Born in Duluth, Minnesota, Kathy Lovas first graduated from Major’s College where she majored in biology. Nevertheless after this first encounter with science she decided to pursue a creative career where photography became the cornerstone of her expression. Her work was recently acquired by an important company, helping her to pave her way through the corporate art world.
Regarding her artistic practice, photos from family albums retrace the artist’s intimate familiar history unveiling a parcell of her identity. In the manner of vernacular photography, Lovas analyzes images’ repercussion and role in our lives. Company House, an installation exhibited at the Arlington Museum of Art in Texas investigated the symbols behind the photographs and their evolution over the years. With an aesthetic resembling at times the surreal takes of Man Ray such as in M-TRAIN or Seagoville Assignment: Repatriation Lovas expands upon this medium’s legacy.
Archive, artwork or footprint, photography has a versatile nature enabling Lovas to experiment at her own will. Moreover her oeuvre references not only the photographic field but art history at large, her piece Dining Room Chair echoes Joseph Kosuth’s artwork One and Tree Chairs while questioning object’s role within the image. Seemingly for Lovas, photography goes beyond the 2D surface diverging with purist’s opinion, the medium can be material and conceptual.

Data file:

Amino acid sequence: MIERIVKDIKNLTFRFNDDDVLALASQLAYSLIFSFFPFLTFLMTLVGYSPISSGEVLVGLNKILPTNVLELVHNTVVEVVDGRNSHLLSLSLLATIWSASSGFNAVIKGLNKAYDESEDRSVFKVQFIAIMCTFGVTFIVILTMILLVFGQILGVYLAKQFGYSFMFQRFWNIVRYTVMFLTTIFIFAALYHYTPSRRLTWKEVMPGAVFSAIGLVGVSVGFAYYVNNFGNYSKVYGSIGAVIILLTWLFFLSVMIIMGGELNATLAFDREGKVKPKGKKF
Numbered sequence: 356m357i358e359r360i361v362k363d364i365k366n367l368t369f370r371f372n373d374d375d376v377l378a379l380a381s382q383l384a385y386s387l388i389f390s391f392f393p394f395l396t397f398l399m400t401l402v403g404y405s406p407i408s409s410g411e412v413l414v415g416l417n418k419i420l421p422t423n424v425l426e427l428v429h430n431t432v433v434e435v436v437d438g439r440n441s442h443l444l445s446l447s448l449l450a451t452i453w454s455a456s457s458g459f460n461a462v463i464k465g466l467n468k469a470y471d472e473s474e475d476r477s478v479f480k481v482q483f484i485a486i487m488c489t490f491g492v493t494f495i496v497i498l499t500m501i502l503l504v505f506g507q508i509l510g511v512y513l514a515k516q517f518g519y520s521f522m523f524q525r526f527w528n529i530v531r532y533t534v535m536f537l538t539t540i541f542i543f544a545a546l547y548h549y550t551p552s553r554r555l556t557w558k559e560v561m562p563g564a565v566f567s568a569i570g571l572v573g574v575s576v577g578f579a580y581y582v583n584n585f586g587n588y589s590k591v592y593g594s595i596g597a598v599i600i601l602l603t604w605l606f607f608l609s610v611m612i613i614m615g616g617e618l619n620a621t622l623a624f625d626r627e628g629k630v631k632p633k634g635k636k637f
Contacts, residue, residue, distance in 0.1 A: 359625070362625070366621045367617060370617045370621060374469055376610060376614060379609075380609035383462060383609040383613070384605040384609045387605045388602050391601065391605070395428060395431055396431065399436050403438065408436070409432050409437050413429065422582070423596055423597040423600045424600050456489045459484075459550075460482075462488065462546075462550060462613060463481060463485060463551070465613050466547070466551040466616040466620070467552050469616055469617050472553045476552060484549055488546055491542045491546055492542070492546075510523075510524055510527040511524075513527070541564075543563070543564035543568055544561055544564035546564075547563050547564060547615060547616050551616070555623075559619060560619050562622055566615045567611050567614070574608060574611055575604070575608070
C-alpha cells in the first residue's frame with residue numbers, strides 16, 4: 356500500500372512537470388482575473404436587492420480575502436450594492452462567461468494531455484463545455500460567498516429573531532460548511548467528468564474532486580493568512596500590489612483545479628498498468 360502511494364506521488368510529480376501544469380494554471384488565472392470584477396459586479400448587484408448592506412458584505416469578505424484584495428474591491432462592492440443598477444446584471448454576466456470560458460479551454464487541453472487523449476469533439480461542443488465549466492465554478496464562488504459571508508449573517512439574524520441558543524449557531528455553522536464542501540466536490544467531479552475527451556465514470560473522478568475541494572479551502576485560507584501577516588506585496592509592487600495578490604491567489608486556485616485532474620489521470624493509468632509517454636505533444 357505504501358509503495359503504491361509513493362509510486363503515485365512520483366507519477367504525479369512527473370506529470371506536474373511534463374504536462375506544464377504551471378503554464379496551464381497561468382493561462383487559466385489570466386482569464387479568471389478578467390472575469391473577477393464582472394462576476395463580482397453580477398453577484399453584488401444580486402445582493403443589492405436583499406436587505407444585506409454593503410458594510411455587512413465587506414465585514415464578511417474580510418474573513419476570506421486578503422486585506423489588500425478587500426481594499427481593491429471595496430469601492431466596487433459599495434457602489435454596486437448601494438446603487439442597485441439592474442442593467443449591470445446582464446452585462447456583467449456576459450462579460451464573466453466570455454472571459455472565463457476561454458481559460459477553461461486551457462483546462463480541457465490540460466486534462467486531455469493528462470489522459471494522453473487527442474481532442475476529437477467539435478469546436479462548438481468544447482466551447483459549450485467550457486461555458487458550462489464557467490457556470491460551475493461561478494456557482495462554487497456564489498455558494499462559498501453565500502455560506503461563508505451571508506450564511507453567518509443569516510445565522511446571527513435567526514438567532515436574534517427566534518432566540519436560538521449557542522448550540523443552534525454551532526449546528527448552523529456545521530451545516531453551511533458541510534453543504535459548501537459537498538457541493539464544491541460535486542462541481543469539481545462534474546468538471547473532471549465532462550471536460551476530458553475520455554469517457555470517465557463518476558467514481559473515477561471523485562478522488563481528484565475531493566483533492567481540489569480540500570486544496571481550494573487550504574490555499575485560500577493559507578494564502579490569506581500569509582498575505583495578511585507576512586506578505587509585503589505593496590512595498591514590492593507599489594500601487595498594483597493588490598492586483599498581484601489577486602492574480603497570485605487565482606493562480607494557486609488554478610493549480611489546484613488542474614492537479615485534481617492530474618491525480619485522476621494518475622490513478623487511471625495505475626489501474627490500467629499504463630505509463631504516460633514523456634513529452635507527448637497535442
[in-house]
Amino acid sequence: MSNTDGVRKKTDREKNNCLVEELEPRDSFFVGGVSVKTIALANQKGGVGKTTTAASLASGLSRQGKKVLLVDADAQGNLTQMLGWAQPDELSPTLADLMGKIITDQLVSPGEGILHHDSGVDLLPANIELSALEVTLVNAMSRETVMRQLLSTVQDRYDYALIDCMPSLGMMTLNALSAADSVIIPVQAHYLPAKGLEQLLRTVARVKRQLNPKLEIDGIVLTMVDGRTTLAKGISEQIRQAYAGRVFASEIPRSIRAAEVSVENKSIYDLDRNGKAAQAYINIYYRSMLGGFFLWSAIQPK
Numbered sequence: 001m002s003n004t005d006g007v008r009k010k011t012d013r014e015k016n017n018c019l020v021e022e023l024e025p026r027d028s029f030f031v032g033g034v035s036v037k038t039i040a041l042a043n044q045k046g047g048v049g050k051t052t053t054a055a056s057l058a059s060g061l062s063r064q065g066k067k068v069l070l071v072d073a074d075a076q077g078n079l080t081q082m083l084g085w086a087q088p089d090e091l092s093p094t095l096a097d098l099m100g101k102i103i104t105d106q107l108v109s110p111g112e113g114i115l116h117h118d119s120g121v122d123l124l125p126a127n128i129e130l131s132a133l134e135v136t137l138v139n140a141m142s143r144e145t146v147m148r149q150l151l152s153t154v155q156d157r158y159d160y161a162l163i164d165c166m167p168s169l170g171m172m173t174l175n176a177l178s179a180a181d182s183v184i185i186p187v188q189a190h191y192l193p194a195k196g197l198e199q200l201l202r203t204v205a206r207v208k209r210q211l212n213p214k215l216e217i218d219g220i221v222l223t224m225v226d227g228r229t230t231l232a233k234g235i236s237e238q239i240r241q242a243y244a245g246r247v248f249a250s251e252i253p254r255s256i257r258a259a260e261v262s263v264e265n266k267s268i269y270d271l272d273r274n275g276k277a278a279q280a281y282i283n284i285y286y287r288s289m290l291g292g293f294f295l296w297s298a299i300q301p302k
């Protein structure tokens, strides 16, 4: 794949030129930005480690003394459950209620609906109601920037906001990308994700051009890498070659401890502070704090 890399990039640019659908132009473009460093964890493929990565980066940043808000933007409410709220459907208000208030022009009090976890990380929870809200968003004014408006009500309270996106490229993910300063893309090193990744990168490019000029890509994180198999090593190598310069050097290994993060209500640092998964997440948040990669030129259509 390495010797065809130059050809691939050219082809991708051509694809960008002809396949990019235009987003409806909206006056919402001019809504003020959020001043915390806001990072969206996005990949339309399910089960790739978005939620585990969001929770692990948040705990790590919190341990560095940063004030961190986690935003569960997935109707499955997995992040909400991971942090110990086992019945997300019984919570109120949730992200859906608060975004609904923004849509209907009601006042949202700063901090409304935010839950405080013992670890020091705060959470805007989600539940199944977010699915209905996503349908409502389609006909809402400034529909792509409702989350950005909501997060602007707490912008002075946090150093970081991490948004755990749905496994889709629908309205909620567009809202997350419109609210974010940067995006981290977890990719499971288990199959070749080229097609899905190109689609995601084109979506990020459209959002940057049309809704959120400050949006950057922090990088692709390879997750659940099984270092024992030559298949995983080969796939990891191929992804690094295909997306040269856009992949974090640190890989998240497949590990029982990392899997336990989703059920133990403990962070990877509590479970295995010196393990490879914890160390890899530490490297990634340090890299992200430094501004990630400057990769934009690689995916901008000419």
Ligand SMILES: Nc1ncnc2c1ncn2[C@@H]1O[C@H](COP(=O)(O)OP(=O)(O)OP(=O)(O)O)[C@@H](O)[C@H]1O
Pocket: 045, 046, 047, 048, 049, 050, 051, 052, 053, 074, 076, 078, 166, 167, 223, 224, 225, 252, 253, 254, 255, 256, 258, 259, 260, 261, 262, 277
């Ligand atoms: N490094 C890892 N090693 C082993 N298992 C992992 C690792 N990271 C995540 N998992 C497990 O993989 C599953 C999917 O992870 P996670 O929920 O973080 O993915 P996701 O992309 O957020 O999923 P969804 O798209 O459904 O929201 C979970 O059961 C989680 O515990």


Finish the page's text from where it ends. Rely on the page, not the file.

Last year she had an exhibition at the Liliana Bloch gallery in Texas in which she presented her work I’m So Glitché in which she made allusion to the mistakes or malfunctions on digital technology. Using digital tools, Kathy Lovas reconstructs the image while pondering on the future of the latter.
A Spring Symphony
Matthew Brandt, Chamber of Reflection
Matthew Brandt, an American photographer based in Los Angeles, creates visual compositions where experimentation is the crux of his artistic universe.
Clemence Danon Boileau – You had to be there
Clémence Danon Boileau’s photographs bear witness to the set of choices she exercised in her everyday life. Her sombre use of colour and lighting speaks of a silent tragedy affecting every single one of us.